When Governments Lose Trust — The Bucket Climb

Trust in government means that we all feel that we have a fair shake.  That is, everyone lives by the rules. Some contractors are not exempt from permits, inspections, and fees while others slide through without that extra cost and the burdens of, oh, safety.  Likewise, getting a license, corporate status, or tax approval is the same process for everyone.  Some are not permitted to ease right through while others are subjected to rigorous and delaying reviews.  Equal application of government processes, procedures, and regulations is what distinguishes countries with economic development from  those that never seem to get the wheels turning.

The Barometer has heard this equality of application described as the bucket phenomenon in other countries.  We are all together in the bottom of the bucket trying to rise to the top.  The climb is difficult, but we all make it out the same way — through hard work and determination.  However, in some countries, there who are those at the top of the bucket and those climbing ahead of us use those at the top to their advantage.  They use sticks to push us back, or grease the skids so that some continue to climb as others slip to the bottom again.  Because of what those who supervise the climb are doing at the top of the bucket, many of us can never get to the top because those with power above us push us back down again and again through inequitable application of rules, processes, and permit standards. Regardless of how hard we try, no matter our level of determination — we cannot finish the climb because those in control keep us down in the bucket, ever struggling.  Eventually, even the best give up and their ideas, voices, and perspectives are lost.

What we have witnessed as the IRS and other scandals unfold is the not-so-subtle beginning of the bucket phenomenon, something generally limited to third-world countries and episodes of “The Big Valley.” Those in power use the tools, processes, fees, and power of government to keep those who have ideas and are working hard to implement them at the bottom of the bucket.  You cannot accomplish what you have set out to do because the government stops you.  And the government is selective in choosing those who will make the climb.  Those who support the powers-that-be, those who donate to the powers-that-be, and even those who lend vacation homes to the powers-that-be will climb the bucket easily.  Those who oppose the powers-that-be, those who question the powers-that-be, and those with ideas that might topple the powers-that-be will find obstacles, delays, and mocking in their climbs to the bucket rim.

Regardless of where one stands politically, the bucket climb has to be clean.  Whether by order or bureaucratic tendency, inequitable application of the rules for the climb destines the country to banana republic economic status because the perception of “I can’t get a fair shake” is a deterrent to economic development and, eventually, freedom.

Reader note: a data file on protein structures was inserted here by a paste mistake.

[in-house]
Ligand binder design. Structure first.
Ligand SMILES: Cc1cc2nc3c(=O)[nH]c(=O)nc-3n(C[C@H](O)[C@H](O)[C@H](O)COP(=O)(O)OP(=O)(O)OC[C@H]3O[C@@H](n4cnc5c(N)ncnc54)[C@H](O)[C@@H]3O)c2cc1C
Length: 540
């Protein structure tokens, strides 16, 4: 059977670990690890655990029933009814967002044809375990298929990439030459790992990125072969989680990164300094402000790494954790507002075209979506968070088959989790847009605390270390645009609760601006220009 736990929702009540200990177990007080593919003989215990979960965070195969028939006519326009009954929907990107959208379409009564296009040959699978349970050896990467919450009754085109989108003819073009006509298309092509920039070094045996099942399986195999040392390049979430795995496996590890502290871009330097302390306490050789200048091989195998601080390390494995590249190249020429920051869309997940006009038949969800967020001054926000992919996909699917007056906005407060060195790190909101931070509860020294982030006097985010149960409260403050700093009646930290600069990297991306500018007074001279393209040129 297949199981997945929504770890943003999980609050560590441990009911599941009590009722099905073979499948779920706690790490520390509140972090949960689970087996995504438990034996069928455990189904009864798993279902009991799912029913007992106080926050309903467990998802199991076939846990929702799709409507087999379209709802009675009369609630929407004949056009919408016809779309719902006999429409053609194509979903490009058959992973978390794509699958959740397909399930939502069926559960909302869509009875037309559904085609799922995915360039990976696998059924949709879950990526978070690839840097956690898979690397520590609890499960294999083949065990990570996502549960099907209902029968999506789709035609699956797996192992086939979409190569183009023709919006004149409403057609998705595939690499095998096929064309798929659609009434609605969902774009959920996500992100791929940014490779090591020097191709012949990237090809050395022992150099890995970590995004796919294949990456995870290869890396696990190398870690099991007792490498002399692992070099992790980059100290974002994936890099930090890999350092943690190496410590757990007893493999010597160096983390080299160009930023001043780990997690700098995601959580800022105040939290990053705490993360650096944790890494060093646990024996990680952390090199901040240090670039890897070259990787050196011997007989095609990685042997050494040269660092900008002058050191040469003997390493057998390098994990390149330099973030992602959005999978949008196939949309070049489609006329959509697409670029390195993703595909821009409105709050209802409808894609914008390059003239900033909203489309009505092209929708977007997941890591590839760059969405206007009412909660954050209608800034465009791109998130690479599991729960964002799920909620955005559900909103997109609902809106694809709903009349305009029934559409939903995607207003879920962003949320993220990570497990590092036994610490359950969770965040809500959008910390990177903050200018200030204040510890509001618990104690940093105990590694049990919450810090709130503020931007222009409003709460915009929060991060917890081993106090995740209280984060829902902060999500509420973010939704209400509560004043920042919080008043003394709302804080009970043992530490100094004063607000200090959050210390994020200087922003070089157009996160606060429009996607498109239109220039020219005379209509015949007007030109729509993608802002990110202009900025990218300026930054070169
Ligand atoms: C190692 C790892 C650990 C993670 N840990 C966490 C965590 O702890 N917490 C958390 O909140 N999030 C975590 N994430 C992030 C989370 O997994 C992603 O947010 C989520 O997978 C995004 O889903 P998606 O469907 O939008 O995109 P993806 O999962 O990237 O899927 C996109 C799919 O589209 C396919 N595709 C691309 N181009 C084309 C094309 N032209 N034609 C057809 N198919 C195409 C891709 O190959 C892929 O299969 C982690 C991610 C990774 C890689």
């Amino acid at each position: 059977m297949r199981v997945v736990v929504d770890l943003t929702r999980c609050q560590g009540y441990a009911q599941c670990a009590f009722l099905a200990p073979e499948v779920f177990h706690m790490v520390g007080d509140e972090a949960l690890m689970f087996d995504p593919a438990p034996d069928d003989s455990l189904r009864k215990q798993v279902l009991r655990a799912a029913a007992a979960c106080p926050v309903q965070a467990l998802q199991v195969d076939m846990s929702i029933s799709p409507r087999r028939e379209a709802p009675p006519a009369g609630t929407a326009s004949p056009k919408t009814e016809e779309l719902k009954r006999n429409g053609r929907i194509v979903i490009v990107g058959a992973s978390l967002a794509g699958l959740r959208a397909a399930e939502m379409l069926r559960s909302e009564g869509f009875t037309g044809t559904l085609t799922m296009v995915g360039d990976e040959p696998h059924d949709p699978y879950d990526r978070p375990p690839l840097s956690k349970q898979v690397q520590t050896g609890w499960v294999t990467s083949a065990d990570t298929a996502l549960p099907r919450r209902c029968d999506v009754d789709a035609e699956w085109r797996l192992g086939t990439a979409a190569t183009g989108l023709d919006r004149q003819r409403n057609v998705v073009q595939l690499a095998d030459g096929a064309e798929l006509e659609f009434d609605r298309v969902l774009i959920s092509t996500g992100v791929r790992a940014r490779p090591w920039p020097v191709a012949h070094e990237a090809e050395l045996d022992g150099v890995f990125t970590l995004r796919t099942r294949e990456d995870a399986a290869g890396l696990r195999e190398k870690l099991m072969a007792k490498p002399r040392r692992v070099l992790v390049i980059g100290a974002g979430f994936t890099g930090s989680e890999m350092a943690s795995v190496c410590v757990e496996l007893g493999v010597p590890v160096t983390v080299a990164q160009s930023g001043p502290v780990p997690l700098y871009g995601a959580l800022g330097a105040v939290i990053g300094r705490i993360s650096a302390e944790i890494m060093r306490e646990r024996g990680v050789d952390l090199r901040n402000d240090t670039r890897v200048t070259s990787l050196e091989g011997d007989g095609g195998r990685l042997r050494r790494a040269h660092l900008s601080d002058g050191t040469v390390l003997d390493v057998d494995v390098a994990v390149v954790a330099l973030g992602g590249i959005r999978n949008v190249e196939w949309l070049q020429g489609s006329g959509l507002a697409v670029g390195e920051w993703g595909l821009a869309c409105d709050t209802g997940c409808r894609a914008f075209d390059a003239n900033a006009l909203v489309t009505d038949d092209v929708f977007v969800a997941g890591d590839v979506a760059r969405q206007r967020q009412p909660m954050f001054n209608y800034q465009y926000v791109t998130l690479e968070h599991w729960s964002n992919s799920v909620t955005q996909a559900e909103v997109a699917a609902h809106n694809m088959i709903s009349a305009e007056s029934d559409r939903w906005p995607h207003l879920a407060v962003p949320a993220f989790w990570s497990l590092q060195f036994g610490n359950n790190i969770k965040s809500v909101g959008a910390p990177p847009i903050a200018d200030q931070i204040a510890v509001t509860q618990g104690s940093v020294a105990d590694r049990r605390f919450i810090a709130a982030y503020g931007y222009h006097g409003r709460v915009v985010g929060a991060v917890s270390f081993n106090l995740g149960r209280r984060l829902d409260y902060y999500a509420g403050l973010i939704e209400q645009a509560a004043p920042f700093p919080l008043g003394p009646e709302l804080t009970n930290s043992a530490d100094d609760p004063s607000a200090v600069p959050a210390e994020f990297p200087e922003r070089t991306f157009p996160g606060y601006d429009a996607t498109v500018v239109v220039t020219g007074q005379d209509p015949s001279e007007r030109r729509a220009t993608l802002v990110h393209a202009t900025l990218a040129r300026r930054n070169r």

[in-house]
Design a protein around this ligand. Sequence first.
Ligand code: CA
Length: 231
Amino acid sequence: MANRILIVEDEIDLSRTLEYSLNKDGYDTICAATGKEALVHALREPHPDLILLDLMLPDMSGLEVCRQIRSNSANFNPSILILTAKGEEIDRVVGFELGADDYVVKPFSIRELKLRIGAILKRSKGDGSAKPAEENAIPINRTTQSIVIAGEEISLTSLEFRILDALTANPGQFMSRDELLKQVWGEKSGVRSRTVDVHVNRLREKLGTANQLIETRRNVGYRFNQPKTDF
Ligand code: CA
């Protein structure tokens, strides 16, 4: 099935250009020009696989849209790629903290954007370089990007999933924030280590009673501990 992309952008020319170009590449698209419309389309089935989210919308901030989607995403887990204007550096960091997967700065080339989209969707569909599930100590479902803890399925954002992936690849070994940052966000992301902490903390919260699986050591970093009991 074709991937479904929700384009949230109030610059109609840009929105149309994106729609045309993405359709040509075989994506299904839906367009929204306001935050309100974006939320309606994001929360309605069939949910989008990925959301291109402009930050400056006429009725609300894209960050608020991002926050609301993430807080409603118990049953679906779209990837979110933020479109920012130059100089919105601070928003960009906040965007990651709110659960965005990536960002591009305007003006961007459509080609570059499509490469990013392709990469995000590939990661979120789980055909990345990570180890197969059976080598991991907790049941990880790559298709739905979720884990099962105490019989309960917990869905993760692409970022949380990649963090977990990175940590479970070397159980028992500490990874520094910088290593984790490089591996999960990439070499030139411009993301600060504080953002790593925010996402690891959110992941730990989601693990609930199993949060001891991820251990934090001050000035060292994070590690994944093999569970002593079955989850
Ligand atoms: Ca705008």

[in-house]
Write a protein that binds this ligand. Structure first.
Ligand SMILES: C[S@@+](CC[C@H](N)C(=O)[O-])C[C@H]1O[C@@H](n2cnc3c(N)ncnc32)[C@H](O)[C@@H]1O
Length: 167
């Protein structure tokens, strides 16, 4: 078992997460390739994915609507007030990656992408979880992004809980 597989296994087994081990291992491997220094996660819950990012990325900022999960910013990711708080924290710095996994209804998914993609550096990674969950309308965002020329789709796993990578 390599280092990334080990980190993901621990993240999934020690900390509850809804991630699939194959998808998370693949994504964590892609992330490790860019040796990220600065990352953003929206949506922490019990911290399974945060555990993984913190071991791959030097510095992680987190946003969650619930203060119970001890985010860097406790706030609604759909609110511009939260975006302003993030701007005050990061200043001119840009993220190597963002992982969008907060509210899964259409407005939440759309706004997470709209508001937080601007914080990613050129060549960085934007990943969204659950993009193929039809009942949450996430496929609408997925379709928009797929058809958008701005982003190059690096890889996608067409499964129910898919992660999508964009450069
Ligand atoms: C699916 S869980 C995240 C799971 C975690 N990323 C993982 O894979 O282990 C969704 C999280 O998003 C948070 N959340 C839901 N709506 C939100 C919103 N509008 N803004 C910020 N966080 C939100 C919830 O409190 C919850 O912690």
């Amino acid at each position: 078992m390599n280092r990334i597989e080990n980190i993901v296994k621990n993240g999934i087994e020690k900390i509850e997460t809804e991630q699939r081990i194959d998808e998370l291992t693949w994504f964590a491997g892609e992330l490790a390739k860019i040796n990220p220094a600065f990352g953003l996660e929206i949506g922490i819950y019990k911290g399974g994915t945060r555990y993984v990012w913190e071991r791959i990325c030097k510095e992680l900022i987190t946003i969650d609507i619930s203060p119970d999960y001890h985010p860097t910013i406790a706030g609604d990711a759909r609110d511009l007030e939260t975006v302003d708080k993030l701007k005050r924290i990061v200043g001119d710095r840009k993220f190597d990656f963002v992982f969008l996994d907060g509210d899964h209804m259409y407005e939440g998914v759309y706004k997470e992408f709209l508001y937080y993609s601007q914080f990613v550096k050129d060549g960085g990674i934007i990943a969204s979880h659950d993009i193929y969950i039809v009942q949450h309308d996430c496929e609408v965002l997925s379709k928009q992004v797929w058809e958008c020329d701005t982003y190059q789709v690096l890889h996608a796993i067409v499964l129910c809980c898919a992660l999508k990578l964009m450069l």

About mmjdiary

Professor Marianne Jennings is an emeritus professor of legal and ethical studies from the W.P. Carey School of Business at Arizona State University, retiring in 2011 after 35 years of teaching undergraduate and graduate courses in ethics and the legal environment of business. During her tenure at ASU, she served as director of the Joan and David Lincoln Center for Applied Ethics from 1995-1999. In 2006, she was appointed faculty director for the W.P. Carey Executive MBA Program. She has done consulting work for businesses and professional groups including AICPA, Boeing, Dial Corporation, Edward Jones, Mattel, Motorola, CFA Institute, Southern California Edison, the Institute of Internal Auditors, AIMR, DuPont, AES, Blue Cross Blue Shield, Motorola, Hy-Vee Foods, IBM, Bell Helicopter, Amgen, Raytheon, and VIAD. The sixth edition of her textbook, Case Studies in Business Ethics, was published in February 2011. The ninth edition of her textbook, Business: lts Legal, Ethical and Global Environment was published in January 2011. The 23rd edition of her book, Business Law: Principles and Cases, will be published in January 2013. The tenth edition of her book, Real Estate Law, will also be published in January 2013. Her book, A Business Tale: A Story of Ethics, Choices, Success, and a Very Large Rabbit, a fable about business ethics, was chosen by Library Journal in 2004 as its business book of the year. A Business Tale was also a finalist for two other literary awards for 2004. In 2000 her book on corporate governance was published by the New York Times MBA Pocket Series. Her book on long-term success, Building a Business Through Good Times and Bad: Lessons from Fifteen Companies, Each With a Century of Dividends, was published in October 2002 and has been used by Booz, Allen, Hamilton for its work on business longevity. Her latest book, The Seven Signs of Ethical Collapse was published by St. Martin’s Press in July 2006 and has been a finalist for two book awards. Her weekly columns are syndicated around the country, and her work has appeared in the Wall Street Journal, the Chicago Tribune, the New York Times, Washington Post, and the Reader's Digest. A collection of her essays, Nobody Fixes Real Carrot Sticks Anymore, first published in 1994 is still being published. She has been a commentator on business issues on All Things Considered for National Public Radio. She has served on four boards of directors, including Arizona Public Service (1987-2000), Zealous Capital Corporation, and the Center for Children with Chronic Illness and Disability at the University of Minnesota. She was appointed to the board of advisors for the Institute of Nuclear Power Operators in 2004 and served on the board of trustees for Think Arizona, a public policy think tank. She has appeared on CNBC, CBS This Morning, the Today Show, and CBS Evening News. In 2010 she was named one of the Top 100 Thought Leaders in Business Ethics by Trust Across America. Her books have been translated into four different languages. She received the British Emerald award for authoring one of their top 50 articles in management publications, chosen from over 15,000 articles. Personal: Married since 1976 to Terry H. Jennings, Maricopa County Attorney’s Office Deputy County Attorney; five children: Sarah, Sam, and John, and the late Claire and Hannah Jennings.